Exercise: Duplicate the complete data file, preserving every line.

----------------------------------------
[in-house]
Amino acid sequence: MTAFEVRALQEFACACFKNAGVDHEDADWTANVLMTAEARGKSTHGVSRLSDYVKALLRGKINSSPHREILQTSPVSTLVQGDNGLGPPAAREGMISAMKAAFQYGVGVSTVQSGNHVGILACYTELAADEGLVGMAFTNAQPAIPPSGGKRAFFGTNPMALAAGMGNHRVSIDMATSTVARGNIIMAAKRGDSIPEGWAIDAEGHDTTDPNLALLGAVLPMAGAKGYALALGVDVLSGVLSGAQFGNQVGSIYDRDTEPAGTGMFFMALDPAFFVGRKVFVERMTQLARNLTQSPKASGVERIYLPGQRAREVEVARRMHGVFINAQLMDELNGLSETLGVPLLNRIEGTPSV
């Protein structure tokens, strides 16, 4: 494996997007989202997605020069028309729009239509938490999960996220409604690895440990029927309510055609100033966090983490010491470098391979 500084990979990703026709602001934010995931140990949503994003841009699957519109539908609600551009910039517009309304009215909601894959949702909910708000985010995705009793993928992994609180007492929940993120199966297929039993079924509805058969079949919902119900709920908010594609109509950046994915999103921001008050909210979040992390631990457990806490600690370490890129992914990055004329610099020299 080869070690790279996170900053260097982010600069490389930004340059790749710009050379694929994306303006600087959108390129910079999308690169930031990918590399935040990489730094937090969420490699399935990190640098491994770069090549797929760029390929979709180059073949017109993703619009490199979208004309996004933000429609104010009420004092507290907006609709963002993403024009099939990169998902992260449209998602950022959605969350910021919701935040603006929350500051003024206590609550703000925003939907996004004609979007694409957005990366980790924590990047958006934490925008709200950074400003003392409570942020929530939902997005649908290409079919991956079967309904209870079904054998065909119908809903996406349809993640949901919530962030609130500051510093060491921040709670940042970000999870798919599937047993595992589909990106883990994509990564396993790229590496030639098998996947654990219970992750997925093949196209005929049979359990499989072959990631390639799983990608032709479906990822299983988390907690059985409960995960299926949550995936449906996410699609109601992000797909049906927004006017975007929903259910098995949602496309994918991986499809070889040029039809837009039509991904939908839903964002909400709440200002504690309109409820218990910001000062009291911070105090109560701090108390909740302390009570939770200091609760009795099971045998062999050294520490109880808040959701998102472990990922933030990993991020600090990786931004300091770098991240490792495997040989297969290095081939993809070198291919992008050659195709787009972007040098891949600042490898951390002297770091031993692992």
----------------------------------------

[in-house]
Amino acid sequence: MTAFEVRALQEFACACFKNAGVDHEDADWTANVLMTAEARGKSTHGVSRLSDYVKALLRGKINSSPHREILQTSPVSTLVQGDNGLGPPAAREGMISAMKAAFQYGVGVSTVQSGNHVGILACYTELAADEGLVGMAFTNAQPAIPPSGGKRAFFGTNPMALAAGMGNHRVSIDMATSTVARGNIIMAAKRGDSIPEGWAIDAEGHDTTDPNLALLGAVLPMAGAKGYALALGVDVLSGVLSGAQFGNQVGSIYDRDTEPAGTGMFFMALDPAFFVGRKVFVERMTQLARNLTQSPKASGVERIYLPGQRAREVEVARRMHGVFINAQLMDELNGLSETLGVPLLNRIEGTPSV
């Protein structure tokens, strides 16, 4: 494996997007989202997605020069028309729009239509938490999960996220409604690895440990029927309510055609100033966090983490010491470098391979 500084990979990703026709602001934010995931140990949503994003841009699957519109539908609600551009910039517009309304009215909601894959949702909910708000985010995705009793993928992994609180007492929940993120199966297929039993079924509805058969079949919902119900709920908010594609109509950046994915999103921001008050909210979040992390631990457990806490600690370490890129992914990055004329610099020299 080869070690790279996170900053260097982010600069490389930004340059790749710009050379694929994306303006600087959108390129910079999308690169930031990918590399935040990489730094937090969420490699399935990190640098491994770069090549797929760029390929979709180059073949017109993703619009490199979208004309996004933000429609104010009420004092507290907006609709963002993403024009099939990169998902992260449209998602950022959605969350910021919701935040603006929350500051003024206590609550703000925003939907996004004609979007694409957005990366980790924590990047958006934490925008709200950074400003003392409570942020929530939902997005649908290409079919991956079967309904209870079904054998065909119908809903996406349809993640949901919530962030609130500051510093060491921040709670940042970000999870798919599937047993595992589909990106883990994509990564396993790229590496030639098998996947654990219970992750997925093949196209005929049979359990499989072959990631390639799983990608032709479906990822299983988390907690059985409960995960299926949550995936449906996410699609109601992000797909049906927004006017975007929903259910098995949602496309994918991986499809070889040029039809837009039509991904939908839903964002909400709440200002504690309109409820218990910001000062009291911070105090109560701090108390909740302390009570939770200091609760009795099971045998062999050294520490109880808040959701998102472990990922933030990993991020600090990786931004300091770098991240490792495997040989297969290095081939993809070198291919992008050659195709787009972007040098891949600042490898951390002297770091031993692992």